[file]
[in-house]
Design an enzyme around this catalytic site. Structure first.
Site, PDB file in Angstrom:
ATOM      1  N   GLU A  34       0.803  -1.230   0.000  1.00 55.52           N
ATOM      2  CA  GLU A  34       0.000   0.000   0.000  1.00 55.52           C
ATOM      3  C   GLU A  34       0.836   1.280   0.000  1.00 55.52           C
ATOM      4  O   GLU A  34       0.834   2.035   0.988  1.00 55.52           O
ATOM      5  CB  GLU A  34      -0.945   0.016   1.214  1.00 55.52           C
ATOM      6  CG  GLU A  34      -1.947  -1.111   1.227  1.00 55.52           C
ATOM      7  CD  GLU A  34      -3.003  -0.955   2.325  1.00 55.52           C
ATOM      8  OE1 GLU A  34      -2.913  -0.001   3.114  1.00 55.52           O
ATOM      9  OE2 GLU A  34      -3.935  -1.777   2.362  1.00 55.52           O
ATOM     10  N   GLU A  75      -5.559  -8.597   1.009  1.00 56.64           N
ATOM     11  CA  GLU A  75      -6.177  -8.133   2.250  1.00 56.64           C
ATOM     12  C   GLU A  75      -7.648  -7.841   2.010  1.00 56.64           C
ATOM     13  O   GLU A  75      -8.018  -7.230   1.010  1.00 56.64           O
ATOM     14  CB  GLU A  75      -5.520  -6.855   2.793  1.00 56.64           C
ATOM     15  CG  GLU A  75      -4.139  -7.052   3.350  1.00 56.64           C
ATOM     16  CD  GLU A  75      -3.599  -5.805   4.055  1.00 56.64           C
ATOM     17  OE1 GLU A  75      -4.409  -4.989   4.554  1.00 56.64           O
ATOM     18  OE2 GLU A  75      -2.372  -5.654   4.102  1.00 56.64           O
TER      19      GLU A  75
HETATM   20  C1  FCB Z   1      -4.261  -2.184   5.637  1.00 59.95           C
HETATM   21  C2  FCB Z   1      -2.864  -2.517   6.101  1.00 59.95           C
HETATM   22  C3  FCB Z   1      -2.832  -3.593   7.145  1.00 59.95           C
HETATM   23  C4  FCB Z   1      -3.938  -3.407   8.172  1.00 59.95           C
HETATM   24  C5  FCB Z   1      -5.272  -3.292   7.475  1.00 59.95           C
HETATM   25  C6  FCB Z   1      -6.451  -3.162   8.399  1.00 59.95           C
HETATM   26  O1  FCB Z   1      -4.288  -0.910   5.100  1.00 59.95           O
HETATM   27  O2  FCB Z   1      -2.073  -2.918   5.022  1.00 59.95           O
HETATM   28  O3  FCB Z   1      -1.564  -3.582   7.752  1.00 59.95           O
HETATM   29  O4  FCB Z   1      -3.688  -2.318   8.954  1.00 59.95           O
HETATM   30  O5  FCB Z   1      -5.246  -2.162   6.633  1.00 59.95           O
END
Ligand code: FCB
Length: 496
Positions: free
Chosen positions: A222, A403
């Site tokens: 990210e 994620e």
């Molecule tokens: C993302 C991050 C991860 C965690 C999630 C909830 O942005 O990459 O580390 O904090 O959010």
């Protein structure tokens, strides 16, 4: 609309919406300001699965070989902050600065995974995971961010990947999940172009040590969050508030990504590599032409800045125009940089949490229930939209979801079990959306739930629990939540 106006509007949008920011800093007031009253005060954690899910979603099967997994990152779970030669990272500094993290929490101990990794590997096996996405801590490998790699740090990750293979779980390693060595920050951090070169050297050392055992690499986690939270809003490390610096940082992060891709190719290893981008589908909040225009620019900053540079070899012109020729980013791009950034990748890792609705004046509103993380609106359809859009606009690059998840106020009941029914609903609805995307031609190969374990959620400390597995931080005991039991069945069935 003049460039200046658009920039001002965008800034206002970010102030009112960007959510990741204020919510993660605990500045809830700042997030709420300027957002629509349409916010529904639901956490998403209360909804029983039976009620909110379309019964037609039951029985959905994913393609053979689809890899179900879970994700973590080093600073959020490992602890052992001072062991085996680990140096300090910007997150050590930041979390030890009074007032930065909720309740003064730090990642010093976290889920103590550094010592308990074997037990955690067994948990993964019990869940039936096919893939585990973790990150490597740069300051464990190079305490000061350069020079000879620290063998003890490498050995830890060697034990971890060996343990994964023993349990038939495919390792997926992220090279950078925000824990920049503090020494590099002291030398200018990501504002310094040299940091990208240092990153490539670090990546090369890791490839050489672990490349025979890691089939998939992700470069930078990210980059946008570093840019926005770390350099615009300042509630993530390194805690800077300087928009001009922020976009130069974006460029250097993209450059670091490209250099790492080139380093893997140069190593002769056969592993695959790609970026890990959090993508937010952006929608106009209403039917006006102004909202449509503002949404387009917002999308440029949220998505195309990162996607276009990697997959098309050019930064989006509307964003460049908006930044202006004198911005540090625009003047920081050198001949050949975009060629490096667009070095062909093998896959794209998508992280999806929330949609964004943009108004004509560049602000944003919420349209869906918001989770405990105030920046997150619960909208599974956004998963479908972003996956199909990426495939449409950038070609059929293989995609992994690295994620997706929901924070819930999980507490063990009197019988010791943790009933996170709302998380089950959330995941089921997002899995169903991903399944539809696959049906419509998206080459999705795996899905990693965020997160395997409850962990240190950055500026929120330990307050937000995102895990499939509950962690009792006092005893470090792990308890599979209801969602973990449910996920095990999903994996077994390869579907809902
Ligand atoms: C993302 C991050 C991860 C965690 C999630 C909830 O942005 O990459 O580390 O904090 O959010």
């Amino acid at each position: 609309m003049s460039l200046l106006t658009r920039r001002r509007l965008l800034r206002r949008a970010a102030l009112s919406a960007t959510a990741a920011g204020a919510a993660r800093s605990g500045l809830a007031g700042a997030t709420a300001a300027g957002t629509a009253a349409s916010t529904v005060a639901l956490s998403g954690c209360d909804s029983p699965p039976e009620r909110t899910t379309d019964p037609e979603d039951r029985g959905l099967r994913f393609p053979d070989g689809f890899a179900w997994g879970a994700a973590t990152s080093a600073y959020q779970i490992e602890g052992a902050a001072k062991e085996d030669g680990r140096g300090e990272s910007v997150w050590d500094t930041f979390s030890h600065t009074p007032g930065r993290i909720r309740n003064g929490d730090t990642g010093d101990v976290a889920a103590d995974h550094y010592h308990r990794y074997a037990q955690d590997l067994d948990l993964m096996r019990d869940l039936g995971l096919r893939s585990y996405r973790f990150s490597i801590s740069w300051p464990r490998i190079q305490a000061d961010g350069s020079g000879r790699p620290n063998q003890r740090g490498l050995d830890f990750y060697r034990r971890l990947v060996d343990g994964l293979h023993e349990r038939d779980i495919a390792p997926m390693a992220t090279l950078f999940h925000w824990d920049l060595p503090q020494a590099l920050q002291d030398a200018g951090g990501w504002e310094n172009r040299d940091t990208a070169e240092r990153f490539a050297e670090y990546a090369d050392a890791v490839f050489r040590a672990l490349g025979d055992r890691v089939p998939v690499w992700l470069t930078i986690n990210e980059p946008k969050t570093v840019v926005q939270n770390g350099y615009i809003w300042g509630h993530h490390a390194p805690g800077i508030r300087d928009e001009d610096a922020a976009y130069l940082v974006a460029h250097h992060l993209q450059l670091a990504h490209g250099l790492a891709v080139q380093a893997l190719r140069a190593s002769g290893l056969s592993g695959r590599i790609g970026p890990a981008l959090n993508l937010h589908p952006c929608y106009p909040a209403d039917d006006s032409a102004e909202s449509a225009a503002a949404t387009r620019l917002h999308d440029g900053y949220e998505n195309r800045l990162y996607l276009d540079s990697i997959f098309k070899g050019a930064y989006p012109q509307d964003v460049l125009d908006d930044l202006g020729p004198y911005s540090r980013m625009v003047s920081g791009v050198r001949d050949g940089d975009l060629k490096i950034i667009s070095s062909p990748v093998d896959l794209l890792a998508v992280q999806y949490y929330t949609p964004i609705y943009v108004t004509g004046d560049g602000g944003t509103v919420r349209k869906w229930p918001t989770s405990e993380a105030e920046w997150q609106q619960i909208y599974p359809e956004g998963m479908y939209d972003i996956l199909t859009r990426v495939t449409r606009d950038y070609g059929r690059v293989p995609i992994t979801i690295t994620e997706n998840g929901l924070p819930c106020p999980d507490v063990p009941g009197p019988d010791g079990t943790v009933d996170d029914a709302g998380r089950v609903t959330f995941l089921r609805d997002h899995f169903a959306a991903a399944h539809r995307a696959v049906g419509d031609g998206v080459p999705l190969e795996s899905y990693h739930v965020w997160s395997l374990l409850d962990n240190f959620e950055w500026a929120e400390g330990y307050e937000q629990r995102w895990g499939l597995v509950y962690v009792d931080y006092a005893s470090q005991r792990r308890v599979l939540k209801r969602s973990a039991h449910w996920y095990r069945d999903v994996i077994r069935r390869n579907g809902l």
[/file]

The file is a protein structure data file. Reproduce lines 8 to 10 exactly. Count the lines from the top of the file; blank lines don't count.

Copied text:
ATOM      5  CB  GLU A  34      -0.945   0.016   1.214  1.00 55.52           C
ATOM      6  CG  GLU A  34      -1.947  -1.111   1.227  1.00 55.52           C
ATOM      7  CD  GLU A  34      -3.003  -0.955   2.325  1.00 55.52           C